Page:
Chapters 1–5 (pp. 1–42) aim to provide the reader with some basis in geometrical crystallography. This part contains several serious mistakes and misunderstandings. Chapter 1 rapidly introduces the concept of a periodic pattern as a regular repetition of an object called a `motif', a questionable choice because `motif' is simply the French term for pattern. The definition of a lattice as `the sites of motifs where they can be placed to generate the pattern' (p. 6) is the first blunder in this book, because it implicitly restricts the atomic positions (positions of the `motifs') to coincide with the lattice nodes, a mistake that occurs again in the following. Chapter 2 presents a bird's-eye view of two- and three-dimensional lattices. On p. 13 we learn that the {110} family of planes comprises six planes in general, i.e. without any reference to the symmetry of the crystal. We also read that these planes `belong to the same class'. A few lines below we discover that the [uvw] indices of lattice directions are called `Miller indices'. These can, however, be considered as minor errors. Where things start getting serious is in Chapter 3, in which Symmetry in Lattices is approached and where Hermann–Mauguin symbols are used without being introduced or explained. Even before entering the body of the subject we read that `the symmetry in the lattice is the minimum symmetry present'. The axes of rotations in Fig. 3.2 are applied to two-dimensional figures with the exception of the fourfold axis, which is applied to a cube: the reason for this heterogeneity is unclear. Fig. 3.4 should show the four mirror lines (incorrectly called `planes') in a tetragonal two-dimensional lattice; however, the diagonal lines pass close to but outside the lattice nodes. This can be considered one of the many imperfections of the drawings in this book. Not just a printing problem but a real mistake appears in Fig. 3.5, where a two-dimensional pattern is shown with a diagonal line which should be a mirror but which passes through objects not having the corresponding eigensymmetry. Worse is the case of Fig. 3.6, where an irregular polygon (in two dimensions: not a polyhedron in three dimensions) is described as possessing `a centre of symmetry at the point P', which is the centre of the polygon. Any possible doubt about the interpretation of this is removed when reading §3.1.3, where it is stated that `The unit cells of all plane lattices have a centre of symmetry'. The concept is again repeated in the following page, where it is stated that `The onefold rotoinversion [(\bar 1)] … may exist on a plane'. What is described here is simply a twofold rotation, as a centre of symmetry does not exist in even-dimensional spaces. Finally, Fig. 3.8 should show the equivalence between [\bar 2] and m but the arrows used as the objects on which the operations act would not overlap when one of them is reflected by the mirror: just one of the many typographical problems in this book.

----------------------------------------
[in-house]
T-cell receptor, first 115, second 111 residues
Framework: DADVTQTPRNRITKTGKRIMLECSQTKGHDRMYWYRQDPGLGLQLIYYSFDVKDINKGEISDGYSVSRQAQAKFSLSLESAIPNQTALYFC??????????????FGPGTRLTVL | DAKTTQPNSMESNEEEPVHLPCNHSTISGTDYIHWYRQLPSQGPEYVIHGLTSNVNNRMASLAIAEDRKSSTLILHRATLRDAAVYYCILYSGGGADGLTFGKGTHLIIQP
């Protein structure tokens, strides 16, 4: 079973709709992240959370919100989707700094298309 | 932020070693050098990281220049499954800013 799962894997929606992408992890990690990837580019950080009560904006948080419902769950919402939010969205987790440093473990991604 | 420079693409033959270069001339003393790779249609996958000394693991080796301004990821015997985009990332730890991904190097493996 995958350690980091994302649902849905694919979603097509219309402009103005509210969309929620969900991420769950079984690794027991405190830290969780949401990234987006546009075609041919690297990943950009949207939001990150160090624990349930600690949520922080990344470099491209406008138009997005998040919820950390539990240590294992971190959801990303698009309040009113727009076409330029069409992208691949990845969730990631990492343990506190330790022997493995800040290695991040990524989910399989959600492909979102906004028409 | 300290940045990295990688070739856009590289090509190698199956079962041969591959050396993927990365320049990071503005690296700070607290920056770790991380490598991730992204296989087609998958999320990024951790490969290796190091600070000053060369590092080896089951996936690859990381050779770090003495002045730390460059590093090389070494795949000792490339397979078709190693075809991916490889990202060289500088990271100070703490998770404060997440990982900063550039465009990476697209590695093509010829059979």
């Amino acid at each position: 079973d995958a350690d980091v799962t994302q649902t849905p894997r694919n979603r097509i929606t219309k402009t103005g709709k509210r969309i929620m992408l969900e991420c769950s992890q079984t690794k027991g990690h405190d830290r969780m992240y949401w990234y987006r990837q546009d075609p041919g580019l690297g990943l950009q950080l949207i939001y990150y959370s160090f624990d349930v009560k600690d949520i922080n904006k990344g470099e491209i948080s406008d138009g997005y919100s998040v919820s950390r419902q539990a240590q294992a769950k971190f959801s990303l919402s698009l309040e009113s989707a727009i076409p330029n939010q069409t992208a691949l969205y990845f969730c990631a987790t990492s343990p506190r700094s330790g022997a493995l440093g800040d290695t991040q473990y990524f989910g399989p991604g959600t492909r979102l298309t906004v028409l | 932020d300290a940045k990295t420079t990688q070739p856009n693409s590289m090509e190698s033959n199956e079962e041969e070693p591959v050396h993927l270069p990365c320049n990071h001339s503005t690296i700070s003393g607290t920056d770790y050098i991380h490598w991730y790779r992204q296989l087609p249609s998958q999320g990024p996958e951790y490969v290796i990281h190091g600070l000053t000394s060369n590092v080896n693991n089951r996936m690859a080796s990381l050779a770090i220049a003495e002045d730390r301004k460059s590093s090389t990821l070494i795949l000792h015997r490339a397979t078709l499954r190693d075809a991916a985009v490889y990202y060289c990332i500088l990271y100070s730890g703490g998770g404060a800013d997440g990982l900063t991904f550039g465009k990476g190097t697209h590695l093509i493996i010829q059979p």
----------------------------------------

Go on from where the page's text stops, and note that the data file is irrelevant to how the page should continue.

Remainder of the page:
Crystal symmetry is introduced in Chapters 4 and 5. Symmetry elements without and with a gliding component are called `macroscopic' and `microscopic', respectively, something that indirectly could suggest to the reader that the former are not present in the structure. On p. 23, a point group is described as `that collection of macroscopic symmetry elements which occurs at every lattice point'. The difference between the point group and site-symmetry groups, which act in two dual spaces, is absent: a sort of average of the two concepts is presented instead. The footnote to a table of the 32 types of point groups in three-dimensional space (pp. 24–26) states that `No. 32' (the cubic holohedral group) `is the most highly symmetrical all of the point groups of symmetry'. What is probably meant is that this group is the one with the highest order (the concept of order of a group being, however, absent in this book), because otherwise the statement is wrong, given that the hexagonal groups are not subgroups of the cubic holohedry. Table 4.2 repeats a typical mistake present also in many other texts: it presents the seven crystal systems as if they were uniquely characterized by the lattice parameters, i.e. the classical confusion between crystal system and lattice system, which is confirmed by the use of `rhombohedral' as a synonym of `trigonal': this mistake is deeply rooted in the French literature because of historical and linguistic reasons, but one does not expect to see it appearing in an English text. The misunderstanding is further compounded on p. 32, where some examples of substances crystallizing in the various `crystal systems' are listed and where we discover that quartz would be rhombohedral, instead of having a hexagonal lattice (the space group of low quartz is P3121 or P3221). The confusion becomes even greater when (in §4.3) it is stated that crystal systems `sometimes are also named as crystal classes'. Section 4.4 shows six types of lattice centrings in which R is missing: this is not surprising, given that the R centring occurs in the hexagonal crystal family but instead here the rhombohedral lattice is treated as if it were a crystal system. Furthermore, in Fig. 4.4 the possible centrings of a rhombohedral lattice are analysed and the conclusion that the lattice is again rhombohedral is reached, something that is self-evident as the rhombohedral lattice is a centring of the hexagonal lattice. Table 4.5 shows the `redundant space lattices', i.e. the different centrings that are not independent in each `crystal system'. Here we discover with great surprise that A, B and C centrings in cubic lattices as well as A and B centrings in tetragonal lattices are `redundant', instead of being incompatible with the lattice symmetry. The icing on the cake of this chapter is contained in the two expressions `The number of lattice points, N (atoms or molecules in actual crystals)' on p. 32 and `A primitive cubic lattice unit cell has atoms at the corner', p. 33, where we understand that in this book a lattice node and an atom are treated as being the same.